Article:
A D.C. police sergeant, a chance customer in the store, shot and killed a robber during an abortive holdup in a Southeast convenience store Wednesday night in which the stickup man fired two shots that missed everybody.
Sgt. Arnold Nicholson, a 10-year veteran of the force, was off duty at the time. He was routinely put on administrative leave with pay pending an investigation of the 10:40 p.m. incident. The affray left Raymond Charles Thomas, 23, of 113 58th pl. NE, dead on the scene with "more than one gunshot wound to the torso," police officials said.
Police were still searching yesterday for Thomas' two unidentified companions, who fled after the shooting.
The shooting occurred at a 7-Eleven store at 3235 Pennsylvania Ave. SE, operated by H. Cha.
"There is much crime here, I have come to expect it," said Cha, 33, who has operated the store for 11 months. "But personally I feel terrible. I hate to have someone killed in my store. No matter what he did, he's a human and I fell sorry."
Cha's reaction typifies that of many Korean merchants in the District.
Koreans own about 50 percent of the "mom and pop" grocery stores in the city, according to real estate brokers, food wholesalers and city business leaders. Most are in inner city neighborhoods where cirme rates are high.
Lacking familiarity with the American language and customs, these businessmen have become easy prey for robberies, larcenies and shoplifing.
In December another Korean merchant, Boo Yeol Park, was fatally shot by a youth during a holdup at his Southwest Washington grocery store, police said.
Cha said an employe who asked not to be identified was standing behind the counter when Thomas and two other men came into the store Wednesday, picked up a few items from the candy and cupcake rack and walked toward the cash register.
When the employe rang up the first man's sale, "a 39-cent cupcake," Cha said, the second man grabbed for the cash in the drawer. "My helper then jammed the drawer shut on his fingers . . . [Thomas] pulled a gun and my helper jumped under the counter," Cha said.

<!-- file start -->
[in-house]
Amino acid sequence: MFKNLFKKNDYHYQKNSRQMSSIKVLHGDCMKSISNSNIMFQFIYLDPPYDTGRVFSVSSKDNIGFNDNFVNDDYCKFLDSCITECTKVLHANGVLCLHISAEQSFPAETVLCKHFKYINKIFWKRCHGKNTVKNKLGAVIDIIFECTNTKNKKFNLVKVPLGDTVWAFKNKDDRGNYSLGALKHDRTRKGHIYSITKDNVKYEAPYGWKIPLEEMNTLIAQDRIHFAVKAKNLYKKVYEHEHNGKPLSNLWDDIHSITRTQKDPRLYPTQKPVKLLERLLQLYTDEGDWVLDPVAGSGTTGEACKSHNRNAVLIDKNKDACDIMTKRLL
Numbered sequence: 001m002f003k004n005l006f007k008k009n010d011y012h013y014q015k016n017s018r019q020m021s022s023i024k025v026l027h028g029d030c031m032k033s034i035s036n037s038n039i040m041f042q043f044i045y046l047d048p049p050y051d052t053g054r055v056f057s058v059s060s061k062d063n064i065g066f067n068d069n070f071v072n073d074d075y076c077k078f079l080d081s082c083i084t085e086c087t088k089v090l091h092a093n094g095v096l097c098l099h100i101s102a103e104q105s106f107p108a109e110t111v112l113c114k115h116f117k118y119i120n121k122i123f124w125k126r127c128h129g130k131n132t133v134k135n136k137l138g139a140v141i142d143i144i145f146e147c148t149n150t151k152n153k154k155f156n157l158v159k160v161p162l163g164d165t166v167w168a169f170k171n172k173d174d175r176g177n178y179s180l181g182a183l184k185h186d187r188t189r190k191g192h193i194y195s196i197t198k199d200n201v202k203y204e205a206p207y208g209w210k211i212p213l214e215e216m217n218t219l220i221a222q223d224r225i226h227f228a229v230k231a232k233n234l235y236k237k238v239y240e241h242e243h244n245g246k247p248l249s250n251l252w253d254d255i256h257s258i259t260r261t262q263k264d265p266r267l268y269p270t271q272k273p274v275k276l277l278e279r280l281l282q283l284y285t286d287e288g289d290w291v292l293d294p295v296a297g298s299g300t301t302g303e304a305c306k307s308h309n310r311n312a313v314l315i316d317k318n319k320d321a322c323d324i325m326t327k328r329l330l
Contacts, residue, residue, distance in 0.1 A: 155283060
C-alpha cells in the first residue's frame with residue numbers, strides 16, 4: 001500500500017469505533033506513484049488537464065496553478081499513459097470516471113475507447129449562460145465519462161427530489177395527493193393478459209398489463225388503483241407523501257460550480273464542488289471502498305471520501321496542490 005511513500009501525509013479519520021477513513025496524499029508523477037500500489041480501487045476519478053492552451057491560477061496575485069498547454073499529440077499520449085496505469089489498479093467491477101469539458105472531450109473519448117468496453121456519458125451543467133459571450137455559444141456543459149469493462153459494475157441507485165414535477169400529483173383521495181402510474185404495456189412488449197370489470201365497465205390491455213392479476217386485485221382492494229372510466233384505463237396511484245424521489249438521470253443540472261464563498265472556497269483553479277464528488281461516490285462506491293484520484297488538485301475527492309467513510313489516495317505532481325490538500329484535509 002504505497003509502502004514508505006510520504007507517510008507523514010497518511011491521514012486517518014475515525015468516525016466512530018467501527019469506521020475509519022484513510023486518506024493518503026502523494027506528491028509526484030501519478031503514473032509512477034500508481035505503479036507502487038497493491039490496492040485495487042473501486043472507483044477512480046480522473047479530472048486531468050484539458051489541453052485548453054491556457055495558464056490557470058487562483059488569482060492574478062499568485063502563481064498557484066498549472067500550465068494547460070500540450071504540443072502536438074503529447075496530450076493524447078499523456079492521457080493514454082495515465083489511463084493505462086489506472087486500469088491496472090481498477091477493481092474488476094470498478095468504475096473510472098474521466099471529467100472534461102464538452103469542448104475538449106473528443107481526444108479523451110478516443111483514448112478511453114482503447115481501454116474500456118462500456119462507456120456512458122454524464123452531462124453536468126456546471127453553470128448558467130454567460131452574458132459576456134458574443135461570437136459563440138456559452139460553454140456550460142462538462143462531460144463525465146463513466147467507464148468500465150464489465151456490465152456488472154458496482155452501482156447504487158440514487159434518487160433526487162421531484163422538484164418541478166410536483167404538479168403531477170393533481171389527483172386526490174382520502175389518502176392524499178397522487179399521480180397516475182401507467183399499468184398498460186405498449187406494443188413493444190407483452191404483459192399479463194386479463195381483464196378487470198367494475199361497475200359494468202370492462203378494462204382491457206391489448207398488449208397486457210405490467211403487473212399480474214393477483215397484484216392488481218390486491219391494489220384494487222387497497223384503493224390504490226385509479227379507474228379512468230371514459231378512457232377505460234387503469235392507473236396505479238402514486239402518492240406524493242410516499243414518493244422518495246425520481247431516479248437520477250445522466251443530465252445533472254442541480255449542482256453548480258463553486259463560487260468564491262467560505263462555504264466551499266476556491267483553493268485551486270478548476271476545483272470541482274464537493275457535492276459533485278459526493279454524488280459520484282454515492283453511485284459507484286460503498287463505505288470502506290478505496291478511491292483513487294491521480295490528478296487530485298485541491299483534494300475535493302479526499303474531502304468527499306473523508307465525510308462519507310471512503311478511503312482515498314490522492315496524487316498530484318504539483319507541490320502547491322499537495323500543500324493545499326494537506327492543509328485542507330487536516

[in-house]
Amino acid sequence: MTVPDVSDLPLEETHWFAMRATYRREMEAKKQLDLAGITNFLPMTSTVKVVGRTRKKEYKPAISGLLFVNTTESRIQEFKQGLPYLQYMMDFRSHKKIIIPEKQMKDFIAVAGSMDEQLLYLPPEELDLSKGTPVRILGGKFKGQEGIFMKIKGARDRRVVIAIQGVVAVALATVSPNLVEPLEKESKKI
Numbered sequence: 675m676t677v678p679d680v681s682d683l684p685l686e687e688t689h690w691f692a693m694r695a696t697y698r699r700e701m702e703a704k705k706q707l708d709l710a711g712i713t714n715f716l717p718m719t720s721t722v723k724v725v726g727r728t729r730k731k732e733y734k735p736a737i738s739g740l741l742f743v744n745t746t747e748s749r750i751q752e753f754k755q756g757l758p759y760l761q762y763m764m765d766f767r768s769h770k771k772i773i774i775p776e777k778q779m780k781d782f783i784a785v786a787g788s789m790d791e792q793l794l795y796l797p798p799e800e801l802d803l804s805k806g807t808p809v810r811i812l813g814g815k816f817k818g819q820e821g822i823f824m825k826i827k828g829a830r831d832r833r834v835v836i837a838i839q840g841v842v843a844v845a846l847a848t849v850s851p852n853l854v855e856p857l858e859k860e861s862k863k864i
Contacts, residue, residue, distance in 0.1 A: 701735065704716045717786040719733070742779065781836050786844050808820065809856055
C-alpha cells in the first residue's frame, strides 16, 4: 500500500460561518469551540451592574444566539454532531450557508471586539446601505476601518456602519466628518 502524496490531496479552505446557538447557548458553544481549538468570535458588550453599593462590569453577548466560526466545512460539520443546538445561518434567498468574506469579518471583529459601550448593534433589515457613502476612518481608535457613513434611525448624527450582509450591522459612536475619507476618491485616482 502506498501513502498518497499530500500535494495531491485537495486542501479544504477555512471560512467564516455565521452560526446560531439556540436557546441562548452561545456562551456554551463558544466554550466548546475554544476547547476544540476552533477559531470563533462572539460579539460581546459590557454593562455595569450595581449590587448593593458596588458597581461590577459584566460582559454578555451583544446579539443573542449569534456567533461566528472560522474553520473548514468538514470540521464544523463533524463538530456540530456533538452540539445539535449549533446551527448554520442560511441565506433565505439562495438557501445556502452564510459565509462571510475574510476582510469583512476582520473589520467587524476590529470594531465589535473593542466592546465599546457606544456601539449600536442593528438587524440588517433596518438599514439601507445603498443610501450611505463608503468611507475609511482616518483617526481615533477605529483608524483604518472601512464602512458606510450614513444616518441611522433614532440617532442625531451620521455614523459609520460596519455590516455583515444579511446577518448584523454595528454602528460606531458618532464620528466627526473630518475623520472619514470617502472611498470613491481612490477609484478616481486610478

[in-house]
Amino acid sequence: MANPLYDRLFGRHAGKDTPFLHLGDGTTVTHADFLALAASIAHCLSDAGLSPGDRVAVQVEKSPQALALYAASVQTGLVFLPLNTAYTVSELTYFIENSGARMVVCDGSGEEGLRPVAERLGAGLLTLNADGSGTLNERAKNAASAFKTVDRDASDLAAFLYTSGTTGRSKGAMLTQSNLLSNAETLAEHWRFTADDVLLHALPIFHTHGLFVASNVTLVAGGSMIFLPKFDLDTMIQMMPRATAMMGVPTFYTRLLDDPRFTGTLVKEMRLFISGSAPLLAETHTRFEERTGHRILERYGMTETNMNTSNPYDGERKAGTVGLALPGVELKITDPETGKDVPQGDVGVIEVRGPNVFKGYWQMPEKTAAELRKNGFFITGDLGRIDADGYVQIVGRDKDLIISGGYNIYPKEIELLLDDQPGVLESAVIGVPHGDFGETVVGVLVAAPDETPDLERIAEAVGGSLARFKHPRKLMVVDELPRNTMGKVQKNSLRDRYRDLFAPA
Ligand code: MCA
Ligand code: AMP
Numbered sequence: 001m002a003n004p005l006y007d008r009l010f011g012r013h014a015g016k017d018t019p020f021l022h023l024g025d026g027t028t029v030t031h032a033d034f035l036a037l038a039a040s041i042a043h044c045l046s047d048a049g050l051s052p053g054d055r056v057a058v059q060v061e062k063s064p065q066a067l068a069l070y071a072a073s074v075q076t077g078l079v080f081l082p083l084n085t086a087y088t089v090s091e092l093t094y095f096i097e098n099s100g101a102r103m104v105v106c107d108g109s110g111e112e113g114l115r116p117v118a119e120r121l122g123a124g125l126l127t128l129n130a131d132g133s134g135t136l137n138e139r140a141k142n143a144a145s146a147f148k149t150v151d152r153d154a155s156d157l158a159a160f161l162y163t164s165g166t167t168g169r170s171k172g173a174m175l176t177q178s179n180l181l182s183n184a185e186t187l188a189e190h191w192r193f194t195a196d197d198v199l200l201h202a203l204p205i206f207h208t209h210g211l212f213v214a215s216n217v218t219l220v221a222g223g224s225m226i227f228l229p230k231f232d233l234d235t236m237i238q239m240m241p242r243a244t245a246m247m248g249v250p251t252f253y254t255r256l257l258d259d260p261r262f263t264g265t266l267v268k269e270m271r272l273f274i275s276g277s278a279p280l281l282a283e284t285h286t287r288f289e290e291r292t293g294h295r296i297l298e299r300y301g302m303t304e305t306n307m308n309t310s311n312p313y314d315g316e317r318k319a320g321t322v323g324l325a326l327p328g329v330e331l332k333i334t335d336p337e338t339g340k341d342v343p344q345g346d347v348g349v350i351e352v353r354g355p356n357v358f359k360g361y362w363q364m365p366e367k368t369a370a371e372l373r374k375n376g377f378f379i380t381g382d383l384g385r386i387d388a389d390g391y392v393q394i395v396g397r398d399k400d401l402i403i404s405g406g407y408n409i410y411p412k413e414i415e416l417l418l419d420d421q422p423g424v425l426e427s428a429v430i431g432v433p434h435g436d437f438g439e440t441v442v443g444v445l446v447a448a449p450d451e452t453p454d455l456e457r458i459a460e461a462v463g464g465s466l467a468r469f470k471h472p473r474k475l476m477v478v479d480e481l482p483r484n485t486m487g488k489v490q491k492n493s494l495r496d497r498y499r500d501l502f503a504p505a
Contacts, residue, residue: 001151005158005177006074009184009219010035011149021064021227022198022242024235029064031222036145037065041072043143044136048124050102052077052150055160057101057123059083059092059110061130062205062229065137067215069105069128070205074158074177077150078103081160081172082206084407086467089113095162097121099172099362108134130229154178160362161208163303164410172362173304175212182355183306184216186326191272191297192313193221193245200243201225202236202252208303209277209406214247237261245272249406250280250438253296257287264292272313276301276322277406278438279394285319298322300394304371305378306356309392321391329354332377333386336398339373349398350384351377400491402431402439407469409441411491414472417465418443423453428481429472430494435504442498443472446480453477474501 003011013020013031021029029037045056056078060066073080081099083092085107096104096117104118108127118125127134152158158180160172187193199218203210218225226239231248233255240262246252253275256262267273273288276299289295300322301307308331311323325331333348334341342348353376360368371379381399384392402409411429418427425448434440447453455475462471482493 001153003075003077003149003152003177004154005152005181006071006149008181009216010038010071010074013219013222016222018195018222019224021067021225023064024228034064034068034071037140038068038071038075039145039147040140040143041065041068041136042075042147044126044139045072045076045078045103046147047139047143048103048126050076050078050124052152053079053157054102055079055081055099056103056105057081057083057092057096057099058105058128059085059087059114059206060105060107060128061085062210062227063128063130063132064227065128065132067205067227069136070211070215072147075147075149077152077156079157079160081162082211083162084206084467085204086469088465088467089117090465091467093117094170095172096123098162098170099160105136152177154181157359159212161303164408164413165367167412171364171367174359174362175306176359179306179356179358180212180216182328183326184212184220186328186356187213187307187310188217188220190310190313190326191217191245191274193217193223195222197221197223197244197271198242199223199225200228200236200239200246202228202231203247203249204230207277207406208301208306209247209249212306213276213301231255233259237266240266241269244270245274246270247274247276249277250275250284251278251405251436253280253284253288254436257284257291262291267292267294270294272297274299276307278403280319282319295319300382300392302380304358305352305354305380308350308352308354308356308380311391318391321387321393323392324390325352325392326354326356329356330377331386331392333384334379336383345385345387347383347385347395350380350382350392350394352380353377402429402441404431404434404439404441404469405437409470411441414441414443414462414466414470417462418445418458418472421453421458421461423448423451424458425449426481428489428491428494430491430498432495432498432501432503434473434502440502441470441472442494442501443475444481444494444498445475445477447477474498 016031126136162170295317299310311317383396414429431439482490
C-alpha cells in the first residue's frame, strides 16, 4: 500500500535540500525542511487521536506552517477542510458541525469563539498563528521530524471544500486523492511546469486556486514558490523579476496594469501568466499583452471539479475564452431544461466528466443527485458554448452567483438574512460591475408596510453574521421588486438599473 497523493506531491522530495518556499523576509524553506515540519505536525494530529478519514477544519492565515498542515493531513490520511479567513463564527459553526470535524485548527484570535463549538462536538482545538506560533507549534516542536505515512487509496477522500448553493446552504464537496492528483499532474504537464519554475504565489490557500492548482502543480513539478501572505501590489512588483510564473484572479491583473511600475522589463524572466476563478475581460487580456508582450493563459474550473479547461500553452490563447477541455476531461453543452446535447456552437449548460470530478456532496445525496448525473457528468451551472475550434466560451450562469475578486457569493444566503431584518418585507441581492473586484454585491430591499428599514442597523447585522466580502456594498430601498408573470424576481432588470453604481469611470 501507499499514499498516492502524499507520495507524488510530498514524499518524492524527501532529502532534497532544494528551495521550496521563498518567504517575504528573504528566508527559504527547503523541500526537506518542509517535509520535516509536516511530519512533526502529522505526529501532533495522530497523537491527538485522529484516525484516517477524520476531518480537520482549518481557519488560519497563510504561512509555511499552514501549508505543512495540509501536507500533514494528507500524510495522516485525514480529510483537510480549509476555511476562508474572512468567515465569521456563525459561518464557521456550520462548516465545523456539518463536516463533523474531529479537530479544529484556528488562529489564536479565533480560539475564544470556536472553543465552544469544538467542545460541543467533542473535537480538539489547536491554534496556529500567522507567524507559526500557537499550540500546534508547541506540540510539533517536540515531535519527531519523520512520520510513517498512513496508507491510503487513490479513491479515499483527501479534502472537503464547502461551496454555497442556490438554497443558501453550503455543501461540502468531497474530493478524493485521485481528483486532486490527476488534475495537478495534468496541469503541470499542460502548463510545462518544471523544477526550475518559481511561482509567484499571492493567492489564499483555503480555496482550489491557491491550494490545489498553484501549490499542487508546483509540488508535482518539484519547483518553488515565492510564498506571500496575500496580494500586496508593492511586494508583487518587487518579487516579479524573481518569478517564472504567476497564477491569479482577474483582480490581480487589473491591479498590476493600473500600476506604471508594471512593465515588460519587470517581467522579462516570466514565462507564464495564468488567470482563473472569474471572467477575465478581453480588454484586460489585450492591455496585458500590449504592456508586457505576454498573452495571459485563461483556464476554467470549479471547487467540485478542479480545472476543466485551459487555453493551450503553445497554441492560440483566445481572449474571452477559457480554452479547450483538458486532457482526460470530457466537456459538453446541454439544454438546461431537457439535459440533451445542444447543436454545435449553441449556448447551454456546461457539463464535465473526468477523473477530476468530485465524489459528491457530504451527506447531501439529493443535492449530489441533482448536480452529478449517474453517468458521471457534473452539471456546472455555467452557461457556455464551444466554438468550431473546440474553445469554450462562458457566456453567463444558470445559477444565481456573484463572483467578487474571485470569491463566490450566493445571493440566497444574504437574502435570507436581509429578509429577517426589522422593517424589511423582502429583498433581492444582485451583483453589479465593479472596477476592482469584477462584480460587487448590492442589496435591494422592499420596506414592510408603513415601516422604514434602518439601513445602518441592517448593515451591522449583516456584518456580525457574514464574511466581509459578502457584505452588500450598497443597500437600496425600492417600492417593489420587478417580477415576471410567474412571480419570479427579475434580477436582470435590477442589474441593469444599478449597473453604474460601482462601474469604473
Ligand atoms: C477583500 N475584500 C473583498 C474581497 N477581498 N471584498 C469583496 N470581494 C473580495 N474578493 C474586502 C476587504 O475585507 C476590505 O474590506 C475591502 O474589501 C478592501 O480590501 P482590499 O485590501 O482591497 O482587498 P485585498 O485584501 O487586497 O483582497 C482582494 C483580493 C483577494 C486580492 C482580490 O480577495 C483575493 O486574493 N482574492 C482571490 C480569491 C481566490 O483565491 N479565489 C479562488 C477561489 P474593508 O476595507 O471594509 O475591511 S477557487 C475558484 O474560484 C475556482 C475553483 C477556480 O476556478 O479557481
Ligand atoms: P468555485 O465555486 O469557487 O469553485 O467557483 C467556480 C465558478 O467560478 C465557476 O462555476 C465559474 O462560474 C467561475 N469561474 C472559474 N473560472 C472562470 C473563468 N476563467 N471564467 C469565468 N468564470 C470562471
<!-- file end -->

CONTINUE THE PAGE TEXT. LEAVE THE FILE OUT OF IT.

Thomas then fired two wild rounds, investigators said.
Meanwhile, police said, Sgt. Nicholson, a member of the internal affairs division, was off duty, shopping in the store for a loaf of bread. Hearing the shots, he took cover, pulled his service revolver and identified himself to the three men as a police officier, police said.
When Thomas wheeled and turned his gun on Nicholson, police said, Nicholson fired at least twice, killing Thomas instantly. The other two men fled. No money was taken.
As Cha recounted the incident, Michael T. Lee, president of the 700-member Korean Businessman's Association, came by the store to reassure him. The network of Korean merchants in Washington works fast, he told a reporter. "We have to stick together."
"I'm thankful that for once an innocent man wasn't killed or harmed," Lee said. "Doing business in this area, it is a terrible situation. I never know what will happen.
"Some people say we should have guns in our stores and use them to let the people who would harm us know what we have, but I don't think that is the way. . . . We want to start a campaign to analyze the kinds of customers each store has so we can come to understand the neighborhood and its people. . . . With understanding, we can have better relationships with people, maybe less crime.
"So now they [Korean merchants] come and we tell them they can do well opening a small business -- a liquor store, carryout, 7-Eleven," Lee said. "More and more are doing it. But soon it will decline. Maybe the next generation, the kids now, will grow up and go into government jobs like other Americans do. They won't have these problems."